We arrive at the Junction Cafe for a mini lunch/snack stop. You can order sandwiches and other items along with hot and cold drinks. Water and restrooms are available inside. There is a large outdoor area with plenty of picnic tables and benches.

San Antonio Valley Rd becomes Mines Rd at the junction. We continue north on Mines Rd for the next 28 miles. The first short climb up to the CAL FIRE Station always seems to hurt the most after you’ve been sitting at the junction.

There are two modest climbs before the long, flat rolling descent to Livermore. The first one begins after you pass Ruth’s Barn Trash & Treasure; it’s about 2 miles with a gentle gradient of around 3-5%. You’re at the top when you make the right hand turn up to the ranch.

The long descent will take you to the 2nd climb out of the valley. It’s a little more than a mile long with gradients ranging from 6-8%. This section can get hot; it has full sun exposure. You’re at the top when you reach the gap on the last turn to the right.

The major climbs are done for the day! The rolling descent towards the valley is fast; watch out, there are a few blind turns! The run along the valley floor is completely flat. There are a few more ranches and yet more grazing cattle back here.

The next section of road takes us out of the valley and along the ridge of the mountain. I believe this is still part of the Diablo Range. Rolling along the ridge line is fantastic; you’re on great pavement with spectacular unobstructed views! It feels a bit like a fast mini roller coaster ride.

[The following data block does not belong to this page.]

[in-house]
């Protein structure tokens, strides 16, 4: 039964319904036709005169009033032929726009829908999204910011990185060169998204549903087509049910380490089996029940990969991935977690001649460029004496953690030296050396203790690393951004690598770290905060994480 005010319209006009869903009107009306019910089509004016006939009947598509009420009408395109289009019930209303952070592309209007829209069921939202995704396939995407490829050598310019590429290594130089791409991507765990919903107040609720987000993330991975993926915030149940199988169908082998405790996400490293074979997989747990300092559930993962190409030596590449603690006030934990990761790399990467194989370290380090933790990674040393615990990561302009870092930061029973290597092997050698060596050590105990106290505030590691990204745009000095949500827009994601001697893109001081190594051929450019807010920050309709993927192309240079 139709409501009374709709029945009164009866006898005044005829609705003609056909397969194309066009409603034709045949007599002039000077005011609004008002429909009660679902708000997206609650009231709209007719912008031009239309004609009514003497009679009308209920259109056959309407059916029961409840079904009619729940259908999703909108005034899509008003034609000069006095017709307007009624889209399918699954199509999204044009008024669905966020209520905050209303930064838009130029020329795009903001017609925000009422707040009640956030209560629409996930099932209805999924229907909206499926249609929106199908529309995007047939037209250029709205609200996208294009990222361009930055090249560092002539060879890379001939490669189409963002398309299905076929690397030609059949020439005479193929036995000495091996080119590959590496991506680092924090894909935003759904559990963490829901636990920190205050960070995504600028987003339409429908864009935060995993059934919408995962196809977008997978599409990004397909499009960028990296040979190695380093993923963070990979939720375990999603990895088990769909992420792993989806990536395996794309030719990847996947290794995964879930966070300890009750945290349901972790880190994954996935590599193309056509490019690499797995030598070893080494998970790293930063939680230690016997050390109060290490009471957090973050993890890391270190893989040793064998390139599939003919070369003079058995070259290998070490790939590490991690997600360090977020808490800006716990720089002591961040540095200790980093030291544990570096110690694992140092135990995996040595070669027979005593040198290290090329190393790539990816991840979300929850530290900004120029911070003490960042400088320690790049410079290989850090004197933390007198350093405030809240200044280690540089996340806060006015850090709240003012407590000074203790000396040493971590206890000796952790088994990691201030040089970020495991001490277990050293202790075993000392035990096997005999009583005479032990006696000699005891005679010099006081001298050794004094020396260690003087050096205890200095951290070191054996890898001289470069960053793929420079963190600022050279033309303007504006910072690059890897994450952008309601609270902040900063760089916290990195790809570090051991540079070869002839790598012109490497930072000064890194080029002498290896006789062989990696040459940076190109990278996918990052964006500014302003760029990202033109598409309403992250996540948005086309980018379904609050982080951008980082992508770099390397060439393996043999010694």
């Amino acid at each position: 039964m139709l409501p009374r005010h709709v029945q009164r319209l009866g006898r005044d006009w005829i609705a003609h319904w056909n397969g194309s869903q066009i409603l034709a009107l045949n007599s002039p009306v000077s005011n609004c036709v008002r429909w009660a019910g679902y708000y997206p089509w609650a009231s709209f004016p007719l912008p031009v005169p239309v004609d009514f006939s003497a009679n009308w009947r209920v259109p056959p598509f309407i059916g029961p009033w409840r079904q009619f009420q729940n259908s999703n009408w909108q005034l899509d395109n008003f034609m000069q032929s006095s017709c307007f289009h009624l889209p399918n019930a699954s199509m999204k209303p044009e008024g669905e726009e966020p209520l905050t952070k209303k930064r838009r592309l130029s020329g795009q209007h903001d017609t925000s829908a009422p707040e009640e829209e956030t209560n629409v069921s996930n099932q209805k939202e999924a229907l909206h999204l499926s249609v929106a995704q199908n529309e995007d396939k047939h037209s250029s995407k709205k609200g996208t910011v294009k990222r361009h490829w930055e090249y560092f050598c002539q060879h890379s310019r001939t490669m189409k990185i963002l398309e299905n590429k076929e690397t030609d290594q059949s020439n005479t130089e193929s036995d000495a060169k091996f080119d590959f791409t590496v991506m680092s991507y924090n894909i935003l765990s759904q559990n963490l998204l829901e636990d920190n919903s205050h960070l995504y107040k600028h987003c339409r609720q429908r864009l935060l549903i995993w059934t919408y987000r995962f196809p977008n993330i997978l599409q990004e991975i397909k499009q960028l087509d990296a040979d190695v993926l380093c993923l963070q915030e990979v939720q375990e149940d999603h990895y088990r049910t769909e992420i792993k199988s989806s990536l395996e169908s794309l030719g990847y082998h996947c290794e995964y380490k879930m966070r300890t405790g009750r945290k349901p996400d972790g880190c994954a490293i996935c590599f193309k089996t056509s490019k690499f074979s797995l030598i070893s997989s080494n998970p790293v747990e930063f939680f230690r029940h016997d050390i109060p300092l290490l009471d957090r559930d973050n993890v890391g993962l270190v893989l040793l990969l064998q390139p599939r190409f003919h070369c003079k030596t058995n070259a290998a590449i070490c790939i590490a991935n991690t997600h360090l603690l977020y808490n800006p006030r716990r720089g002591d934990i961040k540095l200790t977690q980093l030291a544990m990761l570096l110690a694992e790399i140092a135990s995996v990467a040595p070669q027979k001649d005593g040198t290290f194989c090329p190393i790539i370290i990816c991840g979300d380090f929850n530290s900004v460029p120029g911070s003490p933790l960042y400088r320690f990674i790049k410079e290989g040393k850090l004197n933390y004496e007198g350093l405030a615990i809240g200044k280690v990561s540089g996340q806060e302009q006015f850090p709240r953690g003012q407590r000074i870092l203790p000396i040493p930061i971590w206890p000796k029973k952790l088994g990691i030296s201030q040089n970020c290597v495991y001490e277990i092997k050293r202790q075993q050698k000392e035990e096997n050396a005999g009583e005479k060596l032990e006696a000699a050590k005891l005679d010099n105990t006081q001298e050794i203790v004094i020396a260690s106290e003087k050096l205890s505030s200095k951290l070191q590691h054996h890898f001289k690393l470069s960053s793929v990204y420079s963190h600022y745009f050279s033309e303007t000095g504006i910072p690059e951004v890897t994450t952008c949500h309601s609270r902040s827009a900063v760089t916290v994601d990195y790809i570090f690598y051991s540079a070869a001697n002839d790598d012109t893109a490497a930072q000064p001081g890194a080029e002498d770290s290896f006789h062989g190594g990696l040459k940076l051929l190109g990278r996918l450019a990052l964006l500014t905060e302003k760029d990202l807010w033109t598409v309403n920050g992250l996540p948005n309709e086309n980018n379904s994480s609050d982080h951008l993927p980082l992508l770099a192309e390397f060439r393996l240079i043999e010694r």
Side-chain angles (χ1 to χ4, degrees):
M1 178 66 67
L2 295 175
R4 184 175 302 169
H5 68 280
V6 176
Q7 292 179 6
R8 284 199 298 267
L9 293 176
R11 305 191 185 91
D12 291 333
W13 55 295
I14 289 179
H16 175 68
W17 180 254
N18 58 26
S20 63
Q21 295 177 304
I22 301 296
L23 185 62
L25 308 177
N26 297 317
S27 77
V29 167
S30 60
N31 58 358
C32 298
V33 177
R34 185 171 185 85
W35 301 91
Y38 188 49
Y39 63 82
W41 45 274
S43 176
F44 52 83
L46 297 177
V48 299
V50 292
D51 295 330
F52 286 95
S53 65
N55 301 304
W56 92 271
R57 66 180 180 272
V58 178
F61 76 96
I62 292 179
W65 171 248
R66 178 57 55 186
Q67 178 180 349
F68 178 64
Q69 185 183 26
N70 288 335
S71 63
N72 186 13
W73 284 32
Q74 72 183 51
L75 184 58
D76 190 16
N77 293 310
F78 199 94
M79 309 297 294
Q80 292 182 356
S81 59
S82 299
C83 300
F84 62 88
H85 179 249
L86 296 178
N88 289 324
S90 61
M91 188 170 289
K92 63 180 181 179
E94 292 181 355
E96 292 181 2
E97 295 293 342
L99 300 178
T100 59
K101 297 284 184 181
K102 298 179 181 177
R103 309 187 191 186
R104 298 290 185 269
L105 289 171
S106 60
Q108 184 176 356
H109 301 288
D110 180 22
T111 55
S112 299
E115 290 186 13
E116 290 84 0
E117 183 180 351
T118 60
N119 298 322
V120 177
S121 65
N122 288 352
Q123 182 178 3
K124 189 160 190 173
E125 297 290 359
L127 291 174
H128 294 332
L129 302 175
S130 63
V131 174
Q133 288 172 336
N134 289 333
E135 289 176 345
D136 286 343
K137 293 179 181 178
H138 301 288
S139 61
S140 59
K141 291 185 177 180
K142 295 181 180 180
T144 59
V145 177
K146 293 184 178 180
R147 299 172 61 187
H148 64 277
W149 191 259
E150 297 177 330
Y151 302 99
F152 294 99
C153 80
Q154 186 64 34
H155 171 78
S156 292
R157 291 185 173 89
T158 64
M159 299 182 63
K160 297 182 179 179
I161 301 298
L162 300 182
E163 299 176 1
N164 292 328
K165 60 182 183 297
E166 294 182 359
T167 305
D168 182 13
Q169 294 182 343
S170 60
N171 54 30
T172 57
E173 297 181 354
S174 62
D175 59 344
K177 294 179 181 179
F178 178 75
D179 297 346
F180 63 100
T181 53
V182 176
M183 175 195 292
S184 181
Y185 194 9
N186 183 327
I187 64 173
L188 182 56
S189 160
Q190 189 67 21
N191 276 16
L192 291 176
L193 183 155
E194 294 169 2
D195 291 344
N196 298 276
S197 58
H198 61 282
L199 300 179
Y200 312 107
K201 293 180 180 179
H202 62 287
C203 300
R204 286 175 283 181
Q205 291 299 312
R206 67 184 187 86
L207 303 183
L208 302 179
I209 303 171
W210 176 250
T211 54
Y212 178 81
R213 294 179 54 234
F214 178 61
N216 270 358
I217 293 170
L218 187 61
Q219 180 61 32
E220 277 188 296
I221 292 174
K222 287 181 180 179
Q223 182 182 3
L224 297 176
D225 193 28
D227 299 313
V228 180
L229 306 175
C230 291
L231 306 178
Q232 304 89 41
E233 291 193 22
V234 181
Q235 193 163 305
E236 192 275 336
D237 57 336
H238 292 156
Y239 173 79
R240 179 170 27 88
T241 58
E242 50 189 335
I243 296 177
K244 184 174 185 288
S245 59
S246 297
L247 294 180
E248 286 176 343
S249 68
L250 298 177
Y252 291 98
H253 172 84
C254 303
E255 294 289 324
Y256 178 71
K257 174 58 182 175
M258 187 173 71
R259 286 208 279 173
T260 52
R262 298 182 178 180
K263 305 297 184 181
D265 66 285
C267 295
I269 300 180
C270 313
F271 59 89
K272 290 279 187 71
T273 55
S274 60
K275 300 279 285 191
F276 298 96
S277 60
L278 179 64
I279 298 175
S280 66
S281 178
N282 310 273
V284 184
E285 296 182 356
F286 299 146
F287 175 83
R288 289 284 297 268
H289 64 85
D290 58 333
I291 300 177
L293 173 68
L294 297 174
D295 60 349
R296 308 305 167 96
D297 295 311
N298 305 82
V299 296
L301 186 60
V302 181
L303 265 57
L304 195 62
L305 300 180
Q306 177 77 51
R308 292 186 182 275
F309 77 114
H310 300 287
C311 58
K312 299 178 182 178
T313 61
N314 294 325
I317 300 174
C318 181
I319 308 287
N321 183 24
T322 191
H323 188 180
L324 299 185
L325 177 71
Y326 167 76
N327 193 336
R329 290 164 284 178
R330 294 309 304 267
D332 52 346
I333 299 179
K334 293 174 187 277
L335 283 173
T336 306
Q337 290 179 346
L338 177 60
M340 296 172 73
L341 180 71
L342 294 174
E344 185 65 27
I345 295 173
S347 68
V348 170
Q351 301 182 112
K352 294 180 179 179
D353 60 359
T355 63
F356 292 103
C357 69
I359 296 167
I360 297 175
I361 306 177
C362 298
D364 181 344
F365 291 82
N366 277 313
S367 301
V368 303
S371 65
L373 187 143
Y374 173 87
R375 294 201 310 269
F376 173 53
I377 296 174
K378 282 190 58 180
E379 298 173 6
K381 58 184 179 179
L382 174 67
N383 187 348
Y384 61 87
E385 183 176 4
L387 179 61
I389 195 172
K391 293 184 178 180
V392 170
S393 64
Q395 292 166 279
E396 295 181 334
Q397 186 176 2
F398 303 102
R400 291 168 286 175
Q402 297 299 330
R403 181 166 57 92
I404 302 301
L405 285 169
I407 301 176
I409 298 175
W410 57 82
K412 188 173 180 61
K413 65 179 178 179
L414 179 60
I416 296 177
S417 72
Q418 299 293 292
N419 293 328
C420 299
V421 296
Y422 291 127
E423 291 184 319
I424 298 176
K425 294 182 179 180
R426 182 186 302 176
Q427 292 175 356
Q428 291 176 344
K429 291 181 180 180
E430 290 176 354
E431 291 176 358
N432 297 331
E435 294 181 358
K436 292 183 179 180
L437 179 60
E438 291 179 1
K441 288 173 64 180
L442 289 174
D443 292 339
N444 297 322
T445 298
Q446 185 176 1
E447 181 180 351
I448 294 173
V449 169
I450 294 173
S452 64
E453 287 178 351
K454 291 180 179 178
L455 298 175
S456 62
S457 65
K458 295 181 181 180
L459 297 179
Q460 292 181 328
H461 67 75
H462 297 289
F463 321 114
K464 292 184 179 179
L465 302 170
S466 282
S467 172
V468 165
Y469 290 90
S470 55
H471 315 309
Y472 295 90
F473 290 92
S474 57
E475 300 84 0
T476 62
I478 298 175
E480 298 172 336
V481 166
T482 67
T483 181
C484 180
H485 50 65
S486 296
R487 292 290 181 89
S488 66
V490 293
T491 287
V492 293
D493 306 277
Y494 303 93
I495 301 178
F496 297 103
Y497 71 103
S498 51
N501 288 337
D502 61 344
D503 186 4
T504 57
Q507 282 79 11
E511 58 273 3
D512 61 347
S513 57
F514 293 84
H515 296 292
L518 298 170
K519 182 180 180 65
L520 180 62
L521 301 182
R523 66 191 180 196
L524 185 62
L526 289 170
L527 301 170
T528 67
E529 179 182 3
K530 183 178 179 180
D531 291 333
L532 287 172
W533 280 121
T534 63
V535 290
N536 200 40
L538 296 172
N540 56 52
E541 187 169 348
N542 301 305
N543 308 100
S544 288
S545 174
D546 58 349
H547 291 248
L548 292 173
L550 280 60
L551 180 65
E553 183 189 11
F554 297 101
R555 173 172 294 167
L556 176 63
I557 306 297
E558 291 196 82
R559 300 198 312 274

The descent towards the flats on Mines Rd is super-fast; I really have to hang tight! We ride pass a residential area with ranches, vineyards and a pumpkin patch.

We turn onto Tesla Rd and head towards Pleasanton on Concannon and Isabel. We make a quick pit and snack stop at the Chevron EM store on Vineyard.

The last 26 miles back to Pleasant Hill is flat. We hop onto the Iron Horse Trail at Valley Ave and continue on the trail all the way to Danville. We exit the trail at San Ramon Valley Rd and take Danville Blvd to Rudgear Rd. The Iron Horse Trail from Walnut Creek leads us back to Pleasant Hill BART.


Thanks to Wyatt for another adventurous and fruitful tandem ride!

117.50 miles with 7570′ of elevation gain

Weather: FANTASTIC! A full day of sunshine with afternoon winds. Early morning temps in the low 50’s and reaching the mid 70’s for the day.

>>>>>>>>>>>>>>>>>>>>>DON’T STOP-KEEP RIDING!>>>>>>>>>>>>>>>>>>>>>